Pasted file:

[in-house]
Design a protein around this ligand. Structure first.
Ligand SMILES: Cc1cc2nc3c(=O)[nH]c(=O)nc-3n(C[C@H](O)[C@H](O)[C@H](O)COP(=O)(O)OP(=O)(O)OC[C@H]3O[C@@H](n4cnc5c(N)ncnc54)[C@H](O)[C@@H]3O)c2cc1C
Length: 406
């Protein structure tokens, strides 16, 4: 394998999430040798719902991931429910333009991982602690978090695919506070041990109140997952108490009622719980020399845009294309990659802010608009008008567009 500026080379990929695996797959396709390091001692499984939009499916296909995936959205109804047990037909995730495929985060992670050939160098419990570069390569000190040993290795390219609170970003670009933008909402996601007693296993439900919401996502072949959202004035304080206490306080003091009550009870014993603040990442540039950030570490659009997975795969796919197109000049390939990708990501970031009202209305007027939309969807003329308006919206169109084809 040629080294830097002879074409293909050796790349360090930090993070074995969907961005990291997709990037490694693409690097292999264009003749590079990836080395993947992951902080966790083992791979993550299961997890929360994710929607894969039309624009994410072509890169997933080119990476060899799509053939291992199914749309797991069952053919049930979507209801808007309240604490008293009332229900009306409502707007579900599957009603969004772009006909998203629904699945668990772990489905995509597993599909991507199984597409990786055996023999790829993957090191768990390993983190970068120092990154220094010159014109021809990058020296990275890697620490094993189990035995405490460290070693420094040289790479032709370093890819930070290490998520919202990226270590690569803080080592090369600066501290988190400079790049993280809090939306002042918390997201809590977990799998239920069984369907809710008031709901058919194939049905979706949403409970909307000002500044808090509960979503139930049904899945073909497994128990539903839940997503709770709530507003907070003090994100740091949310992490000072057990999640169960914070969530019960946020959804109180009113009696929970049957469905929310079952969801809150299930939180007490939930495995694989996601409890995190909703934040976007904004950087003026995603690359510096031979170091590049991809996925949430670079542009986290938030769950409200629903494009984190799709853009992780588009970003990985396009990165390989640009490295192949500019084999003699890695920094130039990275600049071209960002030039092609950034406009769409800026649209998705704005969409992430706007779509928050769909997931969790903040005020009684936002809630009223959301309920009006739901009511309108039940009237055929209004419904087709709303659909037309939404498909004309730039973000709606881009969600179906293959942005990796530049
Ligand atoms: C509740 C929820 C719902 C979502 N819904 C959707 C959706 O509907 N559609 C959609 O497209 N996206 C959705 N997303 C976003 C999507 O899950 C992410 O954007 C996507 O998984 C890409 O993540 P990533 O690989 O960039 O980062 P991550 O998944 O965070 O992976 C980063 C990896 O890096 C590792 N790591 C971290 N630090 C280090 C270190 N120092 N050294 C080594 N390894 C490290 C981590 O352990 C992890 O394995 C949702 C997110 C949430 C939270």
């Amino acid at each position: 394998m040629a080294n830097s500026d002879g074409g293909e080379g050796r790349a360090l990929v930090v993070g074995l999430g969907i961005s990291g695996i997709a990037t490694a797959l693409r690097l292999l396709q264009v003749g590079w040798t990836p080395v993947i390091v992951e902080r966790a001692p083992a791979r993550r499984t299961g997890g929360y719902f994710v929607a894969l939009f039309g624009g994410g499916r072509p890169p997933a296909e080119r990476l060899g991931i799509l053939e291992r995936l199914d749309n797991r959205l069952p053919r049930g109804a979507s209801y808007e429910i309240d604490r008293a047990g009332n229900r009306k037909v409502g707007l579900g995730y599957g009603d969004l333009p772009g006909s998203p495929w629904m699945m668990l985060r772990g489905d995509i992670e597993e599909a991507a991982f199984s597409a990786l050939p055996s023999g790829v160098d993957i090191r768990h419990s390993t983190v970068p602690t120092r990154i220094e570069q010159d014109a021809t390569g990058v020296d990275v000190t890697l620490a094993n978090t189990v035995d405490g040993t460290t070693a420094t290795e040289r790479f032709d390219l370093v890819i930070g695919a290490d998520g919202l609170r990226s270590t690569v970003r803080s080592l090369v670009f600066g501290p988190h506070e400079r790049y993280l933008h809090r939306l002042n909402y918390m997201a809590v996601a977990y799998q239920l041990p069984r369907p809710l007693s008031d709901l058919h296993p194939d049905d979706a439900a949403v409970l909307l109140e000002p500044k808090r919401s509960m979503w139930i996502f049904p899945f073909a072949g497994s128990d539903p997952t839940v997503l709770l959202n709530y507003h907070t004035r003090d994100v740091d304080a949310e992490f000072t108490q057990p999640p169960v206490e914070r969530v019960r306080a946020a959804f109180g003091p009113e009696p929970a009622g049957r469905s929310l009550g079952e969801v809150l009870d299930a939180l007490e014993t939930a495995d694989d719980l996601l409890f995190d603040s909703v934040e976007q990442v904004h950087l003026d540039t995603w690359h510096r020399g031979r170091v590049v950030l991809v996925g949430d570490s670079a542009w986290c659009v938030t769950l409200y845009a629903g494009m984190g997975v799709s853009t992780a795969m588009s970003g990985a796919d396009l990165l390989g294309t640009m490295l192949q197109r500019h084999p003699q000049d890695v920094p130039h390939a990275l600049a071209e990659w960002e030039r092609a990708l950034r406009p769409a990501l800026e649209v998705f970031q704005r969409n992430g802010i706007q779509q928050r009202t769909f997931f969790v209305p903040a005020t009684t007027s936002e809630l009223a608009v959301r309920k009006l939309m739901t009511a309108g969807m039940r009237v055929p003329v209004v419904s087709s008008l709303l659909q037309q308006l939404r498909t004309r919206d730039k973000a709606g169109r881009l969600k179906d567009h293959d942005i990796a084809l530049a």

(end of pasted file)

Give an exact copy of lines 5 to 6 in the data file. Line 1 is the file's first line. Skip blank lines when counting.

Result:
């Protein structure tokens, strides 16, 4: 394998999430040798719902991931429910333009991982602690978090695919506070041990109140997952108490009622719980020399845009294309990659802010608009008008567009 500026080379990929695996797959396709390091001692499984939009499916296909995936959205109804047990037909995730495929985060992670050939160098419990570069390569000190040993290795390219609170970003670009933008909402996601007693296993439900919401996502072949959202004035304080206490306080003091009550009870014993603040990442540039950030570490659009997975795969796919197109000049390939990708990501970031009202209305007027939309969807003329308006919206169109084809 040629080294830097002879074409293909050796790349360090930090993070074995969907961005990291997709990037490694693409690097292999264009003749590079990836080395993947992951902080966790083992791979993550299961997890929360994710929607894969039309624009994410072509890169997933080119990476060899799509053939291992199914749309797991069952053919049930979507209801808007309240604490008293009332229900009306409502707007579900599957009603969004772009006909998203629904699945668990772990489905995509597993599909991507199984597409990786055996023999790829993957090191768990390993983190970068120092990154220094010159014109021809990058020296990275890697620490094993189990035995405490460290070693420094040289790479032709370093890819930070290490998520919202990226270590690569803080080592090369600066501290988190400079790049993280809090939306002042918390997201809590977990799998239920069984369907809710008031709901058919194939049905979706949403409970909307000002500044808090509960979503139930049904899945073909497994128990539903839940997503709770709530507003907070003090994100740091949310992490000072057990999640169960914070969530019960946020959804109180009113009696929970049957469905929310079952969801809150299930939180007490939930495995694989996601409890995190909703934040976007904004950087003026995603690359510096031979170091590049991809996925949430670079542009986290938030769950409200629903494009984190799709853009992780588009970003990985396009990165390989640009490295192949500019084999003699890695920094130039990275600049071209960002030039092609950034406009769409800026649209998705704005969409992430706007779509928050769909997931969790903040005020009684936002809630009223959301309920009006739901009511309108039940009237055929209004419904087709709303659909037309939404498909004309730039973000709606881009969600179906293959942005990796530049
Ligand atoms: C509740 C929820 C719902 C979502 N819904 C959707 C959706 O509907 N559609 C959609 O497209 N996206 C959705 N997303 C976003 C999507 O899950 C992410 O954007 C996507 O998984 C890409 O993540 P990533 O690989 O960039 O980062 P991550 O998944 O965070 O992976 C980063 C990896 O890096 C590792 N790591 C971290 N630090 C280090 C270190 N120092 N050294 C080594 N390894 C490290 C981590 O352990 C992890 O394995 C949702 C997110 C949430 C939270």